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    I'm not quite convinced that sellers price used cars to reflect their working condition. In some cases sellers have been known to price used cars to reflect what the customer can visually determine about their working condition (and not any latent or hidden problems) – Darren Jul 26 '17 at 13:18
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    This looks like the efficient market hypothesis, but with the assumption that asking prices are somehow efficiently priced. I'm not sure how the used car asking price "market" matches the requirements for that hypothesis to be reasonable. – Yakk Jul 26 '17 at 14:37
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Many Web sites and articles warn against buying former rental cars, because people renting these cars often mistreat them.

Rental cars are typically driven by people over 25, these are typically people with some financial means (air travel, credit card). Additionally, rental cars are subject to frequent inspection and likely to be on tighter maintenance schedules than many owners would keep. So while some people may drive a rental harder than they would their own car, it's not typical, and not likely to result in some hidden damage that makes a rental less desirable (all else being equal) on the used-car market.

Does the fact that they sell the car mean during this time suggest that they know the car's cost of further maintenance or other costs will be higher? Or is there another reason they sell at this time which, has a calculated advantage to them, but which is less than idea statistically for me, the purchaser?

Rental companies buy at incredible volumes, as such, some manufacturers have programs where they will buy back used cars from the rental company at a set price and/or time. Other incentives are guaranteed depreciation, wherein the manufacturer will make up the difference if the used vehicle doesn't sell for a set percentage of it's purchase price after a set amount of time. Outside of these incentive programs, rental companies also get substantial volume discounts, and they typically are buying base models which hold value better than their higher-trim counterparts (according to KBB market analyst). So the conventional wisdom about depreciation doesn't really apply. The timing of their sales is primarily based on their purchasing arrangements and their desire to keep an up to date fleet, not on projected maintenance/repair costs.

The best you can do with any used-car purchase is to test-drive, get a pre-purchase inspection, and review whatever history is available.

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    +1 For the demographics of car renters. I drive them extra carefully because I know even minor damage (that I might even ignore on my car) will require a full price repair on a rental car. – trognanders Jul 26 '17 at 0:04
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    +1 for the pre-purchase inspection. That can save a lot of headaches and you may even be able to negotiate its cost into your purchase price. – Laconic Droid Jul 26 '17 at 0:06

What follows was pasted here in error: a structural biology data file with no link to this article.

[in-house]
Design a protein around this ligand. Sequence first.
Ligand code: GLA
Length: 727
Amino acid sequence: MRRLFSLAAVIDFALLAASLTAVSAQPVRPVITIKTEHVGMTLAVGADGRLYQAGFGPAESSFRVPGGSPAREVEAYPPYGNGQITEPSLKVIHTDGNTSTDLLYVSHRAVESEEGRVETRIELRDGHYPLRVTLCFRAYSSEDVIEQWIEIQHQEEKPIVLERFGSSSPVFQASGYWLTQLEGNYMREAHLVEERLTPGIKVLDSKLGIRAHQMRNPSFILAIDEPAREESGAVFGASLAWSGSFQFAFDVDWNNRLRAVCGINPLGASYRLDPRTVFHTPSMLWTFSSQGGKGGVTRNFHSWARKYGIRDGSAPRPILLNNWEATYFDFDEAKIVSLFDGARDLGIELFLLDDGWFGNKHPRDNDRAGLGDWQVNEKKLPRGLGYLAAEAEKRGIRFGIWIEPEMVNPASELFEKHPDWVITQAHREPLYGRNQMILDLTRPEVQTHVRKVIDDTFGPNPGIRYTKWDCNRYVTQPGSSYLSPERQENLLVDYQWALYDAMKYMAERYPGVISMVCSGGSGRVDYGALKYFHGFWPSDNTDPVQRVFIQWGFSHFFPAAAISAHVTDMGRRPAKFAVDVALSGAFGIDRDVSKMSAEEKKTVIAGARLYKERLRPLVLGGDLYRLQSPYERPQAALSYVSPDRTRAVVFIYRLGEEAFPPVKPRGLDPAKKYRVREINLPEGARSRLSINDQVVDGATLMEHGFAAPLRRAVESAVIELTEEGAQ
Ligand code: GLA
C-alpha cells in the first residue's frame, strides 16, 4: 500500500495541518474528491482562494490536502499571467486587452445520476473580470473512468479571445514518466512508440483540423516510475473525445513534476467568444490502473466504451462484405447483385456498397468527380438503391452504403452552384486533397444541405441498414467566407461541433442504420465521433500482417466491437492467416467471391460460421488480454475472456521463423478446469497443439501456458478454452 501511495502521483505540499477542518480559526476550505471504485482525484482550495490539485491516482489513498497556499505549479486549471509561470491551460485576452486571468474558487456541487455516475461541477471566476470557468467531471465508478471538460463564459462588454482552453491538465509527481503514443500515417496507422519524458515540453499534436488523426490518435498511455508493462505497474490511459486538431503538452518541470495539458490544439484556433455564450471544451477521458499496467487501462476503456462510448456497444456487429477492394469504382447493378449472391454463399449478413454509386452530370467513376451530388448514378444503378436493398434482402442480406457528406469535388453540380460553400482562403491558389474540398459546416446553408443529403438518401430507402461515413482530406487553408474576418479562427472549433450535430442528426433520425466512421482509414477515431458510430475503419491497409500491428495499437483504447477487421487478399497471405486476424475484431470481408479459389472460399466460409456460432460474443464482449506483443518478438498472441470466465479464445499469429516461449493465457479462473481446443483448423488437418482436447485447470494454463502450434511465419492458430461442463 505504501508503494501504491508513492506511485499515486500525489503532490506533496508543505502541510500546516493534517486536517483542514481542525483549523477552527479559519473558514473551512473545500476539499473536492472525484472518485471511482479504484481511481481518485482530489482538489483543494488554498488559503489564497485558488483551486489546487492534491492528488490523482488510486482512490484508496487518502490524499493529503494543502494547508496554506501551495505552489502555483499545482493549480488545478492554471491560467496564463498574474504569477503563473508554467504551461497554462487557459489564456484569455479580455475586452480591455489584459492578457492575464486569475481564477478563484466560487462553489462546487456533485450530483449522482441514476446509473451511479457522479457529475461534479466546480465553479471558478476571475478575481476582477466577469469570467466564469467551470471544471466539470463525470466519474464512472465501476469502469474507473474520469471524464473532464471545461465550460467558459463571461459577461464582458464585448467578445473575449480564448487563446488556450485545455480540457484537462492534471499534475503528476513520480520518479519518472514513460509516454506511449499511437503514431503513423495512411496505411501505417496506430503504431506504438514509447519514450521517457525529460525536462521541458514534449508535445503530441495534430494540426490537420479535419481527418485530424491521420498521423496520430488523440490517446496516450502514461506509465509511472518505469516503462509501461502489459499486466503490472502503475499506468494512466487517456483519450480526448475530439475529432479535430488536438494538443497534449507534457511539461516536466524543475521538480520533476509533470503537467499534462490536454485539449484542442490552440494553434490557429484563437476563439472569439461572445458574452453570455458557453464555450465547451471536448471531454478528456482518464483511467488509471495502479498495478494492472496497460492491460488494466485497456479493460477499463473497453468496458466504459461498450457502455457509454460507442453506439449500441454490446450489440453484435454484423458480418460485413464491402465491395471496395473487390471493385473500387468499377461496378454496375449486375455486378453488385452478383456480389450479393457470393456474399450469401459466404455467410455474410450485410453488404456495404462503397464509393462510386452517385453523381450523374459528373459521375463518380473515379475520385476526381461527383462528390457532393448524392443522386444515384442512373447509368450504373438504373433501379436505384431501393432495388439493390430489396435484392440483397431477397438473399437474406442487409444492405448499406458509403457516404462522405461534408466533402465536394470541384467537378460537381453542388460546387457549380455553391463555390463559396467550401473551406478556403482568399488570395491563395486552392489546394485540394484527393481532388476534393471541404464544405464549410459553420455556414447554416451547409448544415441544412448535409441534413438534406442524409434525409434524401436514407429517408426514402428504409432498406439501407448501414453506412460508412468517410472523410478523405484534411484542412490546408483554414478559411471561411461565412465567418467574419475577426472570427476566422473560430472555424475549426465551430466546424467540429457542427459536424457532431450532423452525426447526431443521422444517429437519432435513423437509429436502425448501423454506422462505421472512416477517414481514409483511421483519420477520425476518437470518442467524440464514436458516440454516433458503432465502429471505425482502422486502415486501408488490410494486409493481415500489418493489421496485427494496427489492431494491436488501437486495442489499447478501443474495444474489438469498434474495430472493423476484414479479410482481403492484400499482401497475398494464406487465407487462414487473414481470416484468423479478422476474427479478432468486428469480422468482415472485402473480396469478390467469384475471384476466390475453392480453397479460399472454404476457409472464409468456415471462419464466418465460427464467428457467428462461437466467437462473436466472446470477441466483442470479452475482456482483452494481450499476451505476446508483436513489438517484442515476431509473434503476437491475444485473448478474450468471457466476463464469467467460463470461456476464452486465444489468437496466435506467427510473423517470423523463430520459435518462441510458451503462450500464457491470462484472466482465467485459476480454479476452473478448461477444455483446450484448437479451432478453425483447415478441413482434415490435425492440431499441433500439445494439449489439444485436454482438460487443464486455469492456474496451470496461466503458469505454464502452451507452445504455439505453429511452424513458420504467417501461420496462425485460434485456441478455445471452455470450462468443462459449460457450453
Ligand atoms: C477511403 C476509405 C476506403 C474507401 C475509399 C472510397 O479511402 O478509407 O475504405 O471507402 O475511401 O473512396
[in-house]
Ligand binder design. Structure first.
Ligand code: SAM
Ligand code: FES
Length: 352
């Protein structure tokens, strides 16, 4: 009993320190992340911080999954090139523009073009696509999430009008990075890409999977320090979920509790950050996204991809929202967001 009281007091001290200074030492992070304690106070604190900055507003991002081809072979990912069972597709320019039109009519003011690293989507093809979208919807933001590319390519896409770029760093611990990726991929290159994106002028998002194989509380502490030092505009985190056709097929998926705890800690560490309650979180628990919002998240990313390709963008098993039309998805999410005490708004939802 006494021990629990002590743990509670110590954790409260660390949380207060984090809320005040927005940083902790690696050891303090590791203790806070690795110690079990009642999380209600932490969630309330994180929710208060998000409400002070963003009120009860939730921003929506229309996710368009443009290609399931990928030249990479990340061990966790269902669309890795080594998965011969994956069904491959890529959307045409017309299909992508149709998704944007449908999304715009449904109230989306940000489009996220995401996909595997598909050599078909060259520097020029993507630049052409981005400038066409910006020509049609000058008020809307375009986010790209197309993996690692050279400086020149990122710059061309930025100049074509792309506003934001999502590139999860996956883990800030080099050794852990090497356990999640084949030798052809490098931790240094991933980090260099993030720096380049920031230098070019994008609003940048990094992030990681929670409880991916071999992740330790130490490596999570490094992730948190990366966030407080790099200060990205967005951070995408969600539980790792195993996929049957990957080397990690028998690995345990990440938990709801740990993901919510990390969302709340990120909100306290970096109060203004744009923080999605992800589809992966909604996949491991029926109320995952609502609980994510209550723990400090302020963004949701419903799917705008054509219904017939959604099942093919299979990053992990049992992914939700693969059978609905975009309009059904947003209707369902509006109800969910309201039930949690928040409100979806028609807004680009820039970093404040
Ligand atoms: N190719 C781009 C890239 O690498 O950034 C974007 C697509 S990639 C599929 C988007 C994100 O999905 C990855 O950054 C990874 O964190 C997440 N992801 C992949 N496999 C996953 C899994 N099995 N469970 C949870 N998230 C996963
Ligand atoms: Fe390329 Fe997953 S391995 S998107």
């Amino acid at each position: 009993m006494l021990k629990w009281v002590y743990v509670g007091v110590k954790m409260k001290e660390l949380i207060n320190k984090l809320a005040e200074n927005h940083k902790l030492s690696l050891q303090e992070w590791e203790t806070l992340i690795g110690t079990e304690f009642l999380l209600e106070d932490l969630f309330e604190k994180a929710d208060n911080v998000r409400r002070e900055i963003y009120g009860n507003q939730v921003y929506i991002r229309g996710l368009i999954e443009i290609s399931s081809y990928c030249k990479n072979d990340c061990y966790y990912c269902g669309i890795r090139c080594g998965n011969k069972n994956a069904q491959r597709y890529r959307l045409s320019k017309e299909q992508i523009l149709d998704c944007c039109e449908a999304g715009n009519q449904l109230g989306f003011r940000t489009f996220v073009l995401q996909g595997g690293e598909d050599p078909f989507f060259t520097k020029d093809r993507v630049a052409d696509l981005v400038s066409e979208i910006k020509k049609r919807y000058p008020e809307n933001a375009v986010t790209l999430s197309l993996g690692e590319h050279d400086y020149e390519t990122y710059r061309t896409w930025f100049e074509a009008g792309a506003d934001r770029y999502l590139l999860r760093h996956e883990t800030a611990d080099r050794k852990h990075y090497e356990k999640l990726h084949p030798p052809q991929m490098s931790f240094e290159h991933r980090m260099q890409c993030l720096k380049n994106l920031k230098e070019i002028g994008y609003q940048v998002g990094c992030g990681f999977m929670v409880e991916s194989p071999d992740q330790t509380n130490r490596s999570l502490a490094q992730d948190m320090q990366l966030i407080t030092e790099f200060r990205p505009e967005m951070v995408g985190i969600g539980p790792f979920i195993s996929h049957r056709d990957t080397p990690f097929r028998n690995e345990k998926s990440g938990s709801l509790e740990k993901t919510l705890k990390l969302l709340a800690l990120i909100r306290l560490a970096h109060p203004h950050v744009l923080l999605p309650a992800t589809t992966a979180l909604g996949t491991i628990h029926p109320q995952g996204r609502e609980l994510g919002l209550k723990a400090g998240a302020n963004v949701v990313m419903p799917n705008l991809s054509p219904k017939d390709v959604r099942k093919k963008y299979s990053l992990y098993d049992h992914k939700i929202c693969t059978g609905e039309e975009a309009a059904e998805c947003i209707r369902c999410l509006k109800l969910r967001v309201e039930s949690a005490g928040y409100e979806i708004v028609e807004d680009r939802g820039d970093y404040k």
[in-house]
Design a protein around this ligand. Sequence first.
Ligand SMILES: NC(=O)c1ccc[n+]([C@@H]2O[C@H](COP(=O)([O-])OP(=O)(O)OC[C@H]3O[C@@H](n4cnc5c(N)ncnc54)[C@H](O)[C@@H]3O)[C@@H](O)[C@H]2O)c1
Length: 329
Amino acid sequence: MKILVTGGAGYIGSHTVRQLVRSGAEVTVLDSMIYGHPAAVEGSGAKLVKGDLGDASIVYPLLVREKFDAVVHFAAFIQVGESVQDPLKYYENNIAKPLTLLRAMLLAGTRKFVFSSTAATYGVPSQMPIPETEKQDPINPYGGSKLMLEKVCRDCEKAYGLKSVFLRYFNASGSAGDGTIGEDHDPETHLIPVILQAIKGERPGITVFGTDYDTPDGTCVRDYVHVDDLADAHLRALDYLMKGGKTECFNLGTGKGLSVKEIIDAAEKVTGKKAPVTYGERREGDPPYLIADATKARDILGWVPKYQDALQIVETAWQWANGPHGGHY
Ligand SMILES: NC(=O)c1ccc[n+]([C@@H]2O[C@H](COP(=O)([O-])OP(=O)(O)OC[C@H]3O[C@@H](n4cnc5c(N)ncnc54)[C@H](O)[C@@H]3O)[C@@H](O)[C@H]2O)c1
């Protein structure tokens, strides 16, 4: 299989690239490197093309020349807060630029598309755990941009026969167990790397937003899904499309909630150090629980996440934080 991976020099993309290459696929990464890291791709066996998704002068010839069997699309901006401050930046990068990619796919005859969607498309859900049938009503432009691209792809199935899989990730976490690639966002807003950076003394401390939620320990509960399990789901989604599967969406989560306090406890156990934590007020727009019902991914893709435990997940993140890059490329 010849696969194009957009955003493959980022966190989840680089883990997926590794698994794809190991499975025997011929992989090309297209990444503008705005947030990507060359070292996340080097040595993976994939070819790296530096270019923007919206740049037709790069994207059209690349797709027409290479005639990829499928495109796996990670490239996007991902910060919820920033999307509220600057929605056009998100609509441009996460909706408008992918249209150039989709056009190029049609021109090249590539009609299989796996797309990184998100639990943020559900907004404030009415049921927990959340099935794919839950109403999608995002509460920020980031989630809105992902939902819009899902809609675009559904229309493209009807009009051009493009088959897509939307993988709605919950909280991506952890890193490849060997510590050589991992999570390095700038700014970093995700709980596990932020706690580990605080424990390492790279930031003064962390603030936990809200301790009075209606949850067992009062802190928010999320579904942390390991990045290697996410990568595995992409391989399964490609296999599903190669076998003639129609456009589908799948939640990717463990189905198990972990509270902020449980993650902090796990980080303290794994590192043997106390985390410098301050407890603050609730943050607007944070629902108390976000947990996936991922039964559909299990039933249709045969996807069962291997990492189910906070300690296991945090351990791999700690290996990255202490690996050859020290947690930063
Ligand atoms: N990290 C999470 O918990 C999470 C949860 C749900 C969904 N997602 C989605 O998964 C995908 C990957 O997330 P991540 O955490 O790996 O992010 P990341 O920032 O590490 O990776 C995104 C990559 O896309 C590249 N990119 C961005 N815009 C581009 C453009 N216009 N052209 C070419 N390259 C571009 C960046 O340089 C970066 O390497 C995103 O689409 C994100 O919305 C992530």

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    Additionally, rental cars are subject to frequent inspection. Never had one from Avis that didn't need 5-10 PSI added to the tires to match what it says on the door panel. – Kaz Jul 27 '17 at 20:13
  • @Kaz if someone's car purchasing budget is so tight that they need to consider the state of the tires to try to save a few dollars, the state of the tires is probably not the biggest issue they need to worry about. Tires are just a consumable item, like gasoline! – alephzero Jul 28 '17 at 0:13
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    @alephzero Not sure what you're referring to. PSI is North American jargon for pressure (pounds per square inch). I regularly see low tire pressure when renting a car. That's a basic maintenance item being overlooked that doesn't require opening the hood; it doesn't inspire confidence that they're doing other things according to the schedule. – Kaz Jul 28 '17 at 3:02
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Many Web sites and articles warn against buying former rental cars, because people renting these cars often mistreat them.

Many of those are also written by unqualified individuals for publication on blog farms and encourage all sorts of odious financial practices. That's not even considering the interests of who is paying to advertise on said blogs-- I'm sure their interests align with making sure you always pay top dollar for a new car. Because those icky used ones are so mistreated!

Never trust financial advice published on the internet (or in the media, for that matter).

Edit: One caveat on further thought-- never, never buy used vehicles from government auctions (impounds, asset seizures, old police cars, etc). Anybody irresponsible enough to go to jail or abandon their car long enough to lose their assets likely isn't a responsible owner of such, and cops and crooks alike do absolutely beat the snot out of police cars.

When it comes to government-owned vehicles (police cars, schoolbuses) municipal governments are notoriously stingy and will squeeze every last minute of use out of them before putting them on the market. If you're buying a government vehicle, assume it's being sold because it has intractable problems.

But from a financial point of view, I notice that rental agencies sell cars within the first two years, during the time when they depreciate the most.

Bingo.